2. Description of the Related Art

Through a variety of mechanisms, engaged or meshed mechanical gears, or gears and pinions, generate vibration, or jitter, and noise while running. While gears meshing under load will generate some noise, the level of noise is exacerbated when the gears are subjected to unsteady and/or unbalanced forces. Tooth-to-tooth spacing errors, gear teeth elasticity, and intentional and unintentional deviations of tooth running surfaces from ideal configurations, generate unsteady forces and motion that results in vibration and noise. Such noise and vibration sources may be found in a wide variety of gear types, including spur, helical, worm and bevel type gears. By way of definition, gear mesh frequencies come from the individual impacts of gear teeth against each other, and the gear mesh frequency is equal to the number of teeth on the gear times the gear (or rotor) speeds, in revolutions per minute (rpm). In other words, mesh frequency is the rate at which gear teeth pairs contact as they pass through mesh, expressed in Hz.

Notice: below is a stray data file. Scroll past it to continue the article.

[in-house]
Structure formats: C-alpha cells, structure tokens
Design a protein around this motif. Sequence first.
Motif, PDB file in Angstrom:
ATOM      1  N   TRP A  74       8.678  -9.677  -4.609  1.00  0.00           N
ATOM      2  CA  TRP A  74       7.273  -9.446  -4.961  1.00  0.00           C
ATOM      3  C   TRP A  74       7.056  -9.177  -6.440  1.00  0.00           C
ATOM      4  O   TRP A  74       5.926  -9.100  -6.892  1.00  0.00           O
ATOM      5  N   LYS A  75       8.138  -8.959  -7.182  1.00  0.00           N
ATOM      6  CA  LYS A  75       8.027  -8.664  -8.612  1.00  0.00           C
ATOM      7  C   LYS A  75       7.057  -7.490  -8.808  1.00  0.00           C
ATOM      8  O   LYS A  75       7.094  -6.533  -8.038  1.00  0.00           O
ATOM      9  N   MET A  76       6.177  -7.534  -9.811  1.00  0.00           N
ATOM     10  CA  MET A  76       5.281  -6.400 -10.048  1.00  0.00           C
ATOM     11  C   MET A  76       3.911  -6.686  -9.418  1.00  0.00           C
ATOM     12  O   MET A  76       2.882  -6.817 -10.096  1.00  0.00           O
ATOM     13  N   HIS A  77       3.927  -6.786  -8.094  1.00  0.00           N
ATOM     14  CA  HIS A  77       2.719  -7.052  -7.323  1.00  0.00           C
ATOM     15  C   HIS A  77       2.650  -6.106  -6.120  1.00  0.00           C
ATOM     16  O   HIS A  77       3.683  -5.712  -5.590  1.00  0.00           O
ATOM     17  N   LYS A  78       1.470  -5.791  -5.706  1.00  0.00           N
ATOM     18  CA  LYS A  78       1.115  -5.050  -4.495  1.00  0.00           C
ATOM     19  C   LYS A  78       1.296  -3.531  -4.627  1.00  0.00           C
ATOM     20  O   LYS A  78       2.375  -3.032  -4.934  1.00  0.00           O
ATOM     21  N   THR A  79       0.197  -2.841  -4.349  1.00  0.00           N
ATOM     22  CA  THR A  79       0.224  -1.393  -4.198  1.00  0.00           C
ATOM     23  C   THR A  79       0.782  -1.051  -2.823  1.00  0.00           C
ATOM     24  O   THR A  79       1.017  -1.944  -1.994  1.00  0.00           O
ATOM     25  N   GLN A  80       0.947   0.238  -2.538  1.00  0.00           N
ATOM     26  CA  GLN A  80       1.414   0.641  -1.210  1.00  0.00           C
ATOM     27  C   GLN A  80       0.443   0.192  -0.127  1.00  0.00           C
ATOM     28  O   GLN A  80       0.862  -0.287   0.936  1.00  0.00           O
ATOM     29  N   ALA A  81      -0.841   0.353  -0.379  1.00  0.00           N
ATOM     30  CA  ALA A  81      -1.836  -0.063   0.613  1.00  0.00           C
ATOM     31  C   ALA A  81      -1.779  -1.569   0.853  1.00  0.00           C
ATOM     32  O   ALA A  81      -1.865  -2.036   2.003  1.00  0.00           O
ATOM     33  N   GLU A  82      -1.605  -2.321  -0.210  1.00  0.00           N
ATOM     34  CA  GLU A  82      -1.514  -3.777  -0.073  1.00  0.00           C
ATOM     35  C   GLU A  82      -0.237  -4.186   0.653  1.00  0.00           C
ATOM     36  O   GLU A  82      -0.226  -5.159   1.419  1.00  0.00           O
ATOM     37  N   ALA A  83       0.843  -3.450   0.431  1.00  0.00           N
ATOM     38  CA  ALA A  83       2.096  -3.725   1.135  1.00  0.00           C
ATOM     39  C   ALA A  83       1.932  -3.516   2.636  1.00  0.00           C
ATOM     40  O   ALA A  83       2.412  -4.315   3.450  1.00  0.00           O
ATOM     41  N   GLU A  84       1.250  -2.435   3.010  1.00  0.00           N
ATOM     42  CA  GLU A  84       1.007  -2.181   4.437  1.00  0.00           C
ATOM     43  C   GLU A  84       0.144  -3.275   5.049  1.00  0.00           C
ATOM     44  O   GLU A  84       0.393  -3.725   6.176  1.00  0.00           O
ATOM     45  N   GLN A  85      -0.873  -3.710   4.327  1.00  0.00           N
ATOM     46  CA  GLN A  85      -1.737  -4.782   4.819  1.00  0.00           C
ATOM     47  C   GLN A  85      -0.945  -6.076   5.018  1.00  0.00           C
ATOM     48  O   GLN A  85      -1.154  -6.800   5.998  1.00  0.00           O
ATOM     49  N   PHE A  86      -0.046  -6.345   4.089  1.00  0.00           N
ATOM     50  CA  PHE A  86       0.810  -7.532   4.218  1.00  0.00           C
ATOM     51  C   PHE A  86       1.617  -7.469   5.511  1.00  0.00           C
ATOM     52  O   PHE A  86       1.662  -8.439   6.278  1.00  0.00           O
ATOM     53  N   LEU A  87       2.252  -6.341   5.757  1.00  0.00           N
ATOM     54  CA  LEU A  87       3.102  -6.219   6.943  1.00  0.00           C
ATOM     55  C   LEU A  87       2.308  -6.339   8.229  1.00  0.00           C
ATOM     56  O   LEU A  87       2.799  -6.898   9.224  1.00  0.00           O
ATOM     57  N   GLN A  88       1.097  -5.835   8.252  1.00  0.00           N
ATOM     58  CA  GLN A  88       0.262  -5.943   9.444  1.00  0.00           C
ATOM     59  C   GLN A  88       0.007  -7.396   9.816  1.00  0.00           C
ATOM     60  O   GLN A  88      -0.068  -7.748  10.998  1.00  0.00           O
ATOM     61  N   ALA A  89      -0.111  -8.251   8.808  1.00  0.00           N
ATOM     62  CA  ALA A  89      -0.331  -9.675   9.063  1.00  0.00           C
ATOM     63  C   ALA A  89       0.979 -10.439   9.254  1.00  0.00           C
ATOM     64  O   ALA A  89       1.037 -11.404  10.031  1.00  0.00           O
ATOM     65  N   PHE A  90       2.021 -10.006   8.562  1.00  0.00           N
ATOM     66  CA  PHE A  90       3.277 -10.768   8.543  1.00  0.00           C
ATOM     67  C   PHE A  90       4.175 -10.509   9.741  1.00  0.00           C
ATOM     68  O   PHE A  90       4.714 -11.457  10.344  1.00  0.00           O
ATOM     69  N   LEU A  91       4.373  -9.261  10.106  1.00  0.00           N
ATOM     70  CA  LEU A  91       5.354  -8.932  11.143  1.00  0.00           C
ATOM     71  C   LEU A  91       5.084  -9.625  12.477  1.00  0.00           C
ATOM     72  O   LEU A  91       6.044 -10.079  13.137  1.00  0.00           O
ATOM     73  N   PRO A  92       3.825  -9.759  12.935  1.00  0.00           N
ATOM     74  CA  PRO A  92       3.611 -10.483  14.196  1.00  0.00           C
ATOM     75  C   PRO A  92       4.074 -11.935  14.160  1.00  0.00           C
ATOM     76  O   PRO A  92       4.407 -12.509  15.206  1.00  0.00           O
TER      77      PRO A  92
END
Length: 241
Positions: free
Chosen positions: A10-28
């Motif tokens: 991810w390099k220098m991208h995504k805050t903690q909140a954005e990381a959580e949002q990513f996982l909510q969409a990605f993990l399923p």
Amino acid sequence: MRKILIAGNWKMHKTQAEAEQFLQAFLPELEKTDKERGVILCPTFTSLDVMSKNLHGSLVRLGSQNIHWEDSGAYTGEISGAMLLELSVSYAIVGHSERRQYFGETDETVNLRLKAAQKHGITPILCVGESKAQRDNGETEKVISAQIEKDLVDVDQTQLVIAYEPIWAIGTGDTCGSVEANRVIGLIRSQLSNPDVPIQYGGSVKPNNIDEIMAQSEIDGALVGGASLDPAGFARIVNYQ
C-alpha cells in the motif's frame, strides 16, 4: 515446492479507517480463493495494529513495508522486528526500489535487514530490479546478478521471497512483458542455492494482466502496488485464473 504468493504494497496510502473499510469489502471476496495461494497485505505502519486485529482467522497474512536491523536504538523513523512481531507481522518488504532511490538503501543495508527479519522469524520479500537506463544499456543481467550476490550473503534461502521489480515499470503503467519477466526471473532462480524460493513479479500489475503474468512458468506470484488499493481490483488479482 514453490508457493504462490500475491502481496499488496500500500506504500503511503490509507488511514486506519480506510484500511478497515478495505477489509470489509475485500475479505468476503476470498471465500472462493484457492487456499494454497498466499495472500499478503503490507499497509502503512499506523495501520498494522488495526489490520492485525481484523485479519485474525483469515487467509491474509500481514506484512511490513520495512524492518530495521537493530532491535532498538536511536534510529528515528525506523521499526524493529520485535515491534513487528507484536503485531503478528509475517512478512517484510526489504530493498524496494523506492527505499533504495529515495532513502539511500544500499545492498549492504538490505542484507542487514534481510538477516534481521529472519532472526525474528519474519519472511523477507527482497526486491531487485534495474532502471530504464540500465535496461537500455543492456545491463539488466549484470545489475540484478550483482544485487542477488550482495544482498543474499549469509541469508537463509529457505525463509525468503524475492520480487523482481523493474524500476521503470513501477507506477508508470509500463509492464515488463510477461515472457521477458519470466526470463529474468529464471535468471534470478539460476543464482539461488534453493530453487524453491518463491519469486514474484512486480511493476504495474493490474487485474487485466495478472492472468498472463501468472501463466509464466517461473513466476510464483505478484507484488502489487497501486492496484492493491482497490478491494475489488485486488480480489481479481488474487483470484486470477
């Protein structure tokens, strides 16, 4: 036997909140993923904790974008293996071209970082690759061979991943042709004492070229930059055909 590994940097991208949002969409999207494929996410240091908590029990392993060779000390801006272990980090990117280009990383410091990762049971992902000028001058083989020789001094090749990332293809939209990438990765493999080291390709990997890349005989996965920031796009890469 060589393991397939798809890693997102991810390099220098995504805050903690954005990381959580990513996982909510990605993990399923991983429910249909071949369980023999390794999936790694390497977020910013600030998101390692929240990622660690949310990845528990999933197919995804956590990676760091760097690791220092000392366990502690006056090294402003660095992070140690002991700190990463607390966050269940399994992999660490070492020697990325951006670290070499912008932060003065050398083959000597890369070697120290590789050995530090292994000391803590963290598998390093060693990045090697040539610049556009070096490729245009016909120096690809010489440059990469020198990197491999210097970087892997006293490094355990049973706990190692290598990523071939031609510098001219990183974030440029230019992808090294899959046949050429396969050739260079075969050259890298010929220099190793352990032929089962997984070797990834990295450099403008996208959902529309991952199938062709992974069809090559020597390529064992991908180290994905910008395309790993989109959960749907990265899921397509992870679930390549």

The vibration (and noise) spectra generated by meshed and running gears is primarily tonal in nature. There are strong tones corresponding to the gear mesh frequency and harmonics thereof. In addition, there are tones corresponding to the rotation rate of each gear, and harmonics thereof. Gear mesh tonal noise is different from and in addition to tonal noise that appears at frequencies related to the passage of armature slots within the motors, or related to harmonics of line frequency if an SCR drive is used. Furthermore, gear mesh noise is present regardless of the type of prime mover or drive mechanism.

Vibration, or jitter, and noise normally accompany satisfactory operation of many machines utilizing motors and gear trains for transmitting motion. Electrophotographic (EP) printing machines are no exception. It is a characteristic of EP printing machines that they typically involve repetitive starts and stops in the normal course of their operations such that engaging and meshing of gears over the operating life of the EP machine gradually and inevitably contribute to a normal expected level of gear wear, vibration or jitter and noise.